The intervention consists of a series of e-messages and a chatbot menu, made available via WhatsApp, with information, resources and nudges that support and educate expecting parents throughout pregnancy and the first months after birth. The messages are sent to the pregnant woman and her partner (if any) four times a week from the moment the woman is recruited at gestation week 12 up to 6 months after birth. The messages are personalized with the name of the pregnant woman, her partner's, and the child's (after birth), and are adapted to the pregnancy's gestational age at recruitment (if after week 12), the pregnant woman’s marital status (alone or with a partner), the pregnant woman's emotional state, baseline information on support networks and enjoyable activities, and whether the child is delivered prematurely.

The content of the pregnancy chatbot menu and messages is based on three pillars: (i) promoting healthy habits (physical activity, healthy eating, avoiding psychoactive substances), (ii) maintaining a healthy mental and emotional state, and (iii) promoting support networks. The chatbot also includes information about available health care resources (health clinics, pregnancy workshops, sequence of normal check-ups, ecosounds and diagnostic tests) and useful telephone numbers and hotlines. The program is, in addition, used to screen mental health problems and refer women to treatment if needed. At baseline, women are screened for domestic violence, food insecurity, and mental health problems and derived to social workers or mental health specialists accordingly. Then, every two weeks, women receive a "mood-checker" message inquiring about her emotional status. If she indicates not feeling well for two consecutive mood-checking messages, the program activates a protocol in which the woman has to complete a depression screener and is eventually derived to a mental health specialist.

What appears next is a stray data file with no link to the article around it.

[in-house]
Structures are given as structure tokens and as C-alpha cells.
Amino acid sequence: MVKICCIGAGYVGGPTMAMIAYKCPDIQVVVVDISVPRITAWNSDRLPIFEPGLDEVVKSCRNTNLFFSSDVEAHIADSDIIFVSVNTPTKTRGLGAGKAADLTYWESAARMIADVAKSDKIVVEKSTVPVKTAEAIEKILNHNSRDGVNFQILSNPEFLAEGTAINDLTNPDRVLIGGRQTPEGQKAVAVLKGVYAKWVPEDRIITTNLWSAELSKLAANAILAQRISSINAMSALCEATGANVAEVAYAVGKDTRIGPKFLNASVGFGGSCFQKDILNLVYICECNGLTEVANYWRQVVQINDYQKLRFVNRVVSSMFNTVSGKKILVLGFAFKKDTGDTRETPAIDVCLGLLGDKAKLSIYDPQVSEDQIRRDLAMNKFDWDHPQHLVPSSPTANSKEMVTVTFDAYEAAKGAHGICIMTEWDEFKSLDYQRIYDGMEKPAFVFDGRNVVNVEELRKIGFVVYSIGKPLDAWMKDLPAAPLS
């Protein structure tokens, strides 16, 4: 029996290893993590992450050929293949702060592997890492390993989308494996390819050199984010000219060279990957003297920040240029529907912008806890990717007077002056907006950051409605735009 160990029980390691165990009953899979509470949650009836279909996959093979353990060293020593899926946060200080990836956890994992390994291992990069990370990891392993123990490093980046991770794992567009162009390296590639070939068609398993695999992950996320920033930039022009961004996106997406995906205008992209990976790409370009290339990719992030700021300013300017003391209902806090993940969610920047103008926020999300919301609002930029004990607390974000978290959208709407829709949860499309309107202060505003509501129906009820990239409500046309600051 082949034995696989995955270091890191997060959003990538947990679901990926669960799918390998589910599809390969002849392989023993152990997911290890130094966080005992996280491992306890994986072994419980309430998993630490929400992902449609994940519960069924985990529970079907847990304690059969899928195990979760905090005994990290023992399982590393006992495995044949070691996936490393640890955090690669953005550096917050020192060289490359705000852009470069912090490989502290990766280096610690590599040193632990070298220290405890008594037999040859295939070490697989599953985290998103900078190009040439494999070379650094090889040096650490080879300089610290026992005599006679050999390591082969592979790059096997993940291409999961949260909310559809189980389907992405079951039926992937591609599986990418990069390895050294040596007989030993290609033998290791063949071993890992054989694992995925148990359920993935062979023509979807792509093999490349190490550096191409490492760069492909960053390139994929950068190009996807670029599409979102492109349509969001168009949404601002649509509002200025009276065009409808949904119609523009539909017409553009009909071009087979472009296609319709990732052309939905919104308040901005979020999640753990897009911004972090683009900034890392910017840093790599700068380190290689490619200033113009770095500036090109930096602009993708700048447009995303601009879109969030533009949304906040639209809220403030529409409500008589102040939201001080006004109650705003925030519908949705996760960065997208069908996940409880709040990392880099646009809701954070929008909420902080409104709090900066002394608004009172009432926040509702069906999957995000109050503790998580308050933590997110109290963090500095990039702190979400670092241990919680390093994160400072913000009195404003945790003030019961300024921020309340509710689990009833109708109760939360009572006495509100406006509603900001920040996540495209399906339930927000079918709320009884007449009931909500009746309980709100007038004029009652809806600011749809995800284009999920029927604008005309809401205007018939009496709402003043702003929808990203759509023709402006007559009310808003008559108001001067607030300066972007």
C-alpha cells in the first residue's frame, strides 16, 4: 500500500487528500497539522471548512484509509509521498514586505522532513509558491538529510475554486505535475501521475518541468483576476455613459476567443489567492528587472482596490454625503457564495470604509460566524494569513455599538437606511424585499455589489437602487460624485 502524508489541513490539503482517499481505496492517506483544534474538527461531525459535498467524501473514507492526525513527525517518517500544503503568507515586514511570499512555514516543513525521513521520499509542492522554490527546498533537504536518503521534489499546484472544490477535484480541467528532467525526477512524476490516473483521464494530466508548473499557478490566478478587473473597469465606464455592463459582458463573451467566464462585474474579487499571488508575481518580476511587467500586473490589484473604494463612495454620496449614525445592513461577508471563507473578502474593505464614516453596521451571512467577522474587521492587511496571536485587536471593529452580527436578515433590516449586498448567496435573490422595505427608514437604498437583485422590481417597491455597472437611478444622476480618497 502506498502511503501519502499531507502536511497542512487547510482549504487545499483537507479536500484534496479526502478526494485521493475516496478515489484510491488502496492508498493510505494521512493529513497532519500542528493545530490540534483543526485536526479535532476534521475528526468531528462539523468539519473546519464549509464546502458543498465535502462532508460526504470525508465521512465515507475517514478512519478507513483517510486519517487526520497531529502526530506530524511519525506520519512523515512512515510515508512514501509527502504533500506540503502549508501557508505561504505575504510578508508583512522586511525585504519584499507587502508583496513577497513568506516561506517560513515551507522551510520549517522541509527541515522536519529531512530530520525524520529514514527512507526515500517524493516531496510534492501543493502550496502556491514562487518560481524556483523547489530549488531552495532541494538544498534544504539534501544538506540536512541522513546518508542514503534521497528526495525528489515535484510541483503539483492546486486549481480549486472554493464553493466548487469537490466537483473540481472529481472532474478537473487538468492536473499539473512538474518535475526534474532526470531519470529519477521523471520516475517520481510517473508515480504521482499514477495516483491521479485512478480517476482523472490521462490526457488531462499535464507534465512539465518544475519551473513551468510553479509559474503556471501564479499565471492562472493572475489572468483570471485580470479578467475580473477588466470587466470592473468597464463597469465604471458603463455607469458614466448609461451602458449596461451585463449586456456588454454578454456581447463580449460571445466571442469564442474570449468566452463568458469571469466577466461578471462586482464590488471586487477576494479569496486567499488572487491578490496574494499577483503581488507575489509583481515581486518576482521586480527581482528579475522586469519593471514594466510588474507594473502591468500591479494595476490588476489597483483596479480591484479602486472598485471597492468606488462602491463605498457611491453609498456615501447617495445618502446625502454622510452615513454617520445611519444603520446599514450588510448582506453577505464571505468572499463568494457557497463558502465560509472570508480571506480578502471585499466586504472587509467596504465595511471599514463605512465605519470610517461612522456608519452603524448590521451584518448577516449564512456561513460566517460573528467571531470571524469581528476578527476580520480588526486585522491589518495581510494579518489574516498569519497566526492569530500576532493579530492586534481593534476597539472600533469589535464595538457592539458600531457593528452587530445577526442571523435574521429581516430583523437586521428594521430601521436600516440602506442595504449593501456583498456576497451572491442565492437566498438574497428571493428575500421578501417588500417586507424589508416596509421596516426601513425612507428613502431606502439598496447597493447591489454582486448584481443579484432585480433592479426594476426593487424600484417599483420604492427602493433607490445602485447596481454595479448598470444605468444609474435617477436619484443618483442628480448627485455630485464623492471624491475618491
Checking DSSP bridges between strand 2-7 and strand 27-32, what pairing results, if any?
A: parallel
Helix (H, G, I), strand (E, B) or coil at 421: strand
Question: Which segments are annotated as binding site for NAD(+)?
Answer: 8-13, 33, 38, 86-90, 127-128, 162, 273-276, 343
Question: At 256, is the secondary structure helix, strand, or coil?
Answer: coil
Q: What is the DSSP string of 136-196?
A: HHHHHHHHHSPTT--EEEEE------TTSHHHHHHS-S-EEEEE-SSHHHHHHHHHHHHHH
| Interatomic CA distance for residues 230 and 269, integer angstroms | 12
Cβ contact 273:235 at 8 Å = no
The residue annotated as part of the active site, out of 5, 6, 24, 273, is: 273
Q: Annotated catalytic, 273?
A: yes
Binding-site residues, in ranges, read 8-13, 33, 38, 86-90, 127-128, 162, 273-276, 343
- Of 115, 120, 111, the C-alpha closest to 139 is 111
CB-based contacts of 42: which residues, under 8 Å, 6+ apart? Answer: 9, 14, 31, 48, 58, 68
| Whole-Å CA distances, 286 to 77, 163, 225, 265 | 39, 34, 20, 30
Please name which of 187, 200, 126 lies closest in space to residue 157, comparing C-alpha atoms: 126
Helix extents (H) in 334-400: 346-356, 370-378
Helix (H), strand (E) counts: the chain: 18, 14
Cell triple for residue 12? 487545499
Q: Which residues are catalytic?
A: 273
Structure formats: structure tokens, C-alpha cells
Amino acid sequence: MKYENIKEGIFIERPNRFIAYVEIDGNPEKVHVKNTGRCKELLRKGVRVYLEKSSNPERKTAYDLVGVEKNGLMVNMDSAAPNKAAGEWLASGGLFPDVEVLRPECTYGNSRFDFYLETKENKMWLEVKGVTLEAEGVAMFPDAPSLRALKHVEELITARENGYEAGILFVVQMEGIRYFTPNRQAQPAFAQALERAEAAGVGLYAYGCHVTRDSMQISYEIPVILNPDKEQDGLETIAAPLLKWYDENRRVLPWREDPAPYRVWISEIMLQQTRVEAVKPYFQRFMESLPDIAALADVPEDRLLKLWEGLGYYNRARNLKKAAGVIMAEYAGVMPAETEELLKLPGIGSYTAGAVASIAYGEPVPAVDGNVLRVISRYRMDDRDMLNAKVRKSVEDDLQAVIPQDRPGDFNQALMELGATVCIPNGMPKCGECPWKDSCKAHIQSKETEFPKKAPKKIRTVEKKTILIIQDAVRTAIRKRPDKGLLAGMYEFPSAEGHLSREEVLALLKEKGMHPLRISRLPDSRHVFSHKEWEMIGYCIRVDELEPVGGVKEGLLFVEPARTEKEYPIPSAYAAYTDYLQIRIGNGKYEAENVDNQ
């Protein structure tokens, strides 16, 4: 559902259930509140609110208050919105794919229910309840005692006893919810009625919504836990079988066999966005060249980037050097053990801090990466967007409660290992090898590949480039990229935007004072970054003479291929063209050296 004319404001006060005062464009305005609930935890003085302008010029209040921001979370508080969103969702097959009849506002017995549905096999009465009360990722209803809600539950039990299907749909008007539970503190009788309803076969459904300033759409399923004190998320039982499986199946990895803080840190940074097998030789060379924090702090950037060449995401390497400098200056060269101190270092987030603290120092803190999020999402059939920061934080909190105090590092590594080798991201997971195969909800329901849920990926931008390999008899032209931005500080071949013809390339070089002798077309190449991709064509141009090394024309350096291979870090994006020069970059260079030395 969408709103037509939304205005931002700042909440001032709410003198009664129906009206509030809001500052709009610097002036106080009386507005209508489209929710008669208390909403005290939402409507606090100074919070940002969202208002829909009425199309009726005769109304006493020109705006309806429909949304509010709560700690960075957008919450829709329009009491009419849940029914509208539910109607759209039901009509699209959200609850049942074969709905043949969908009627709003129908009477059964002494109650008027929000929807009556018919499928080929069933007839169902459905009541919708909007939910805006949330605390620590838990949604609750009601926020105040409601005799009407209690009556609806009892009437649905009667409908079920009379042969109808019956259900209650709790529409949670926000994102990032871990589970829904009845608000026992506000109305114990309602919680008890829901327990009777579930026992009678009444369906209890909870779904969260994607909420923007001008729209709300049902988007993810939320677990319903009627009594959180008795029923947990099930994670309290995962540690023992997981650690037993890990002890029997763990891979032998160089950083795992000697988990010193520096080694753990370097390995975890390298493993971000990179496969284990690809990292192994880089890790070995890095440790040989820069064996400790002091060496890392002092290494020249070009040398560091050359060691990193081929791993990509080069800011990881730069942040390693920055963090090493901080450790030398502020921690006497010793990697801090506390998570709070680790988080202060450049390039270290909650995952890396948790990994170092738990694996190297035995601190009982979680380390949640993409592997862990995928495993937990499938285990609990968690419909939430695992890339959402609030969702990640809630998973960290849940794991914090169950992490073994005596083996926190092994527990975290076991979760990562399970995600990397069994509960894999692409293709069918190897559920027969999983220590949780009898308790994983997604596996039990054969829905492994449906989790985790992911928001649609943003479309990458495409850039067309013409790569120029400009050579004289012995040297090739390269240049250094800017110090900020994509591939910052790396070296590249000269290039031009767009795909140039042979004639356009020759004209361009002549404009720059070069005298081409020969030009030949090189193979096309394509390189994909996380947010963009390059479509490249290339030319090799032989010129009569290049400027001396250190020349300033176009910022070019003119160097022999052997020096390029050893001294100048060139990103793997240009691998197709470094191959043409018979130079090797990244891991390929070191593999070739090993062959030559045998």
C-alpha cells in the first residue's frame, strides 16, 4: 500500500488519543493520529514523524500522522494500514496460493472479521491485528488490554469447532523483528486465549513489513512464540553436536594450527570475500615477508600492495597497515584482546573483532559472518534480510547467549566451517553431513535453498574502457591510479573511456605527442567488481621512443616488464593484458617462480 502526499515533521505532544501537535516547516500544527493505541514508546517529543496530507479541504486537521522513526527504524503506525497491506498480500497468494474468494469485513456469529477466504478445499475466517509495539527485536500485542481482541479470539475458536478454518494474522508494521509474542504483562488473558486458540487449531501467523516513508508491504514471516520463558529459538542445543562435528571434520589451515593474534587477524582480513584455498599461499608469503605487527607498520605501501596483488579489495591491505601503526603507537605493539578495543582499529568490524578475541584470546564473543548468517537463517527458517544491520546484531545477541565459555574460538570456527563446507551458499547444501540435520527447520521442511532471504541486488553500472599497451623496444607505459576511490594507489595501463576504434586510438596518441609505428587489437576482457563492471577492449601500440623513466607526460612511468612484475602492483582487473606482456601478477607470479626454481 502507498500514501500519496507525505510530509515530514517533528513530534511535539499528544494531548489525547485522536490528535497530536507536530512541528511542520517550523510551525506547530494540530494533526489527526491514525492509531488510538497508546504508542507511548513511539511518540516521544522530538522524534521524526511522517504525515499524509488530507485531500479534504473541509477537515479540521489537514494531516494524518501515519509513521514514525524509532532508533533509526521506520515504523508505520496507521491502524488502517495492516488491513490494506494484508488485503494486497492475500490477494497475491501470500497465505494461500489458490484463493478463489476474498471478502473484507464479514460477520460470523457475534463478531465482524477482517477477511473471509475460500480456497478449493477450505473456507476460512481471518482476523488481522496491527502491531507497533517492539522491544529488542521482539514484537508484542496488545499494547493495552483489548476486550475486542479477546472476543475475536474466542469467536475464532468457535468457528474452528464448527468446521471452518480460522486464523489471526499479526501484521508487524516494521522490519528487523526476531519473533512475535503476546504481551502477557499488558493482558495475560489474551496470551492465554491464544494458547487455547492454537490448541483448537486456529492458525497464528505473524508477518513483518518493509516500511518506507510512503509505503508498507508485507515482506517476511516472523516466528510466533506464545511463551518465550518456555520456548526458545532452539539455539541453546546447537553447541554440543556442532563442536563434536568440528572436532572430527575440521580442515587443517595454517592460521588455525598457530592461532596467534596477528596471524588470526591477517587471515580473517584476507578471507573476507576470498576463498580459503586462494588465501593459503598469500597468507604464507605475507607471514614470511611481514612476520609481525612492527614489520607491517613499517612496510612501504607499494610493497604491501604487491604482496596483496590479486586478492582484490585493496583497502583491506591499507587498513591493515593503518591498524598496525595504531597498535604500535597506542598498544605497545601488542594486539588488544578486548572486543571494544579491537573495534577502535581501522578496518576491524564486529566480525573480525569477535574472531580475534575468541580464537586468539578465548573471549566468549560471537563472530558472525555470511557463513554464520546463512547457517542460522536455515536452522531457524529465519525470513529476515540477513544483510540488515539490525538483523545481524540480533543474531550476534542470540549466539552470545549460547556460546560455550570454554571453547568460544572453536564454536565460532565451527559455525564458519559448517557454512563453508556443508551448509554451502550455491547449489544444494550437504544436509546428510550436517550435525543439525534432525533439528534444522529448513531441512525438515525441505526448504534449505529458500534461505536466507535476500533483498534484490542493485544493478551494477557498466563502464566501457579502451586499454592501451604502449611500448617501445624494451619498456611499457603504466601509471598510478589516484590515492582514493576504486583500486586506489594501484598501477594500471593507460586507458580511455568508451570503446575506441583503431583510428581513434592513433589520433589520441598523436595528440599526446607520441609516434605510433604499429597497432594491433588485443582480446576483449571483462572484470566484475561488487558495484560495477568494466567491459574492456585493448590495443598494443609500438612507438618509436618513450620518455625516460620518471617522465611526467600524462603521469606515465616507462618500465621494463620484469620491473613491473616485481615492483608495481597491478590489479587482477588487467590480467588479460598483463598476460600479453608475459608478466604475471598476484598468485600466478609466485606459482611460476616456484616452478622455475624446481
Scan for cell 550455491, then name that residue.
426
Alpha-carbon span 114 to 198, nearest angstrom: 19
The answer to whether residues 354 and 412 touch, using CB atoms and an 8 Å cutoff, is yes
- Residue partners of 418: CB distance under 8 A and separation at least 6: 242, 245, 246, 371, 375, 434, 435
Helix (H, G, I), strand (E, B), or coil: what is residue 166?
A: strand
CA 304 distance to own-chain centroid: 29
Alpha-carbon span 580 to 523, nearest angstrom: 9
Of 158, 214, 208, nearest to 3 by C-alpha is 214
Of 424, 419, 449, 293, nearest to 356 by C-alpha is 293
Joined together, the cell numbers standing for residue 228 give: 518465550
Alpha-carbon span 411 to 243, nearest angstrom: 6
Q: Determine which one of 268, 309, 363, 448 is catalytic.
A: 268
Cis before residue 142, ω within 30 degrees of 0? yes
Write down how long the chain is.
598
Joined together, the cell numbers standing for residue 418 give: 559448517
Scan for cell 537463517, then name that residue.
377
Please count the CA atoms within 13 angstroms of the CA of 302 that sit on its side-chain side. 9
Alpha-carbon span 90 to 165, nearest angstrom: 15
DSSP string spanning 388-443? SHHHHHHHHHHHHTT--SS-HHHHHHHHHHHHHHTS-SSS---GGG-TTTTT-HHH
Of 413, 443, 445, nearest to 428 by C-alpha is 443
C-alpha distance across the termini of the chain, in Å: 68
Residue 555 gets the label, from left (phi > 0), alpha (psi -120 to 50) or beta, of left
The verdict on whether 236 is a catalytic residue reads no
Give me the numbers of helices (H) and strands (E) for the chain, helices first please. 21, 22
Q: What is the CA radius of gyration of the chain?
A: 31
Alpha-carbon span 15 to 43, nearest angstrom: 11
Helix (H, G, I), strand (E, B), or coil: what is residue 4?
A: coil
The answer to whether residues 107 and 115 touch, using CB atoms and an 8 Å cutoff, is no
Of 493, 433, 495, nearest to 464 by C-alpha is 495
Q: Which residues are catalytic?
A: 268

Once the child is born, a new menu is displayed in the chatbot and caregivers begin to receive a new set of messages and alerts, based on four parenting competencies: (i) affection and good treatment; (ii) protection, including routines and a safe environment; (iii) stimulation, including playing with the child, talking to the child, reading and telling stories; and (iv) parental self-care and reflection. This stage is implemented for 24 weeks after delivery.

The contents of the chatbot and messages are aligned with information and resources currently delivered to pregnant women, and caregivers through different programs at the national and international level (WHO, UNICEF, Ministry of Health, Ministry of Social Development).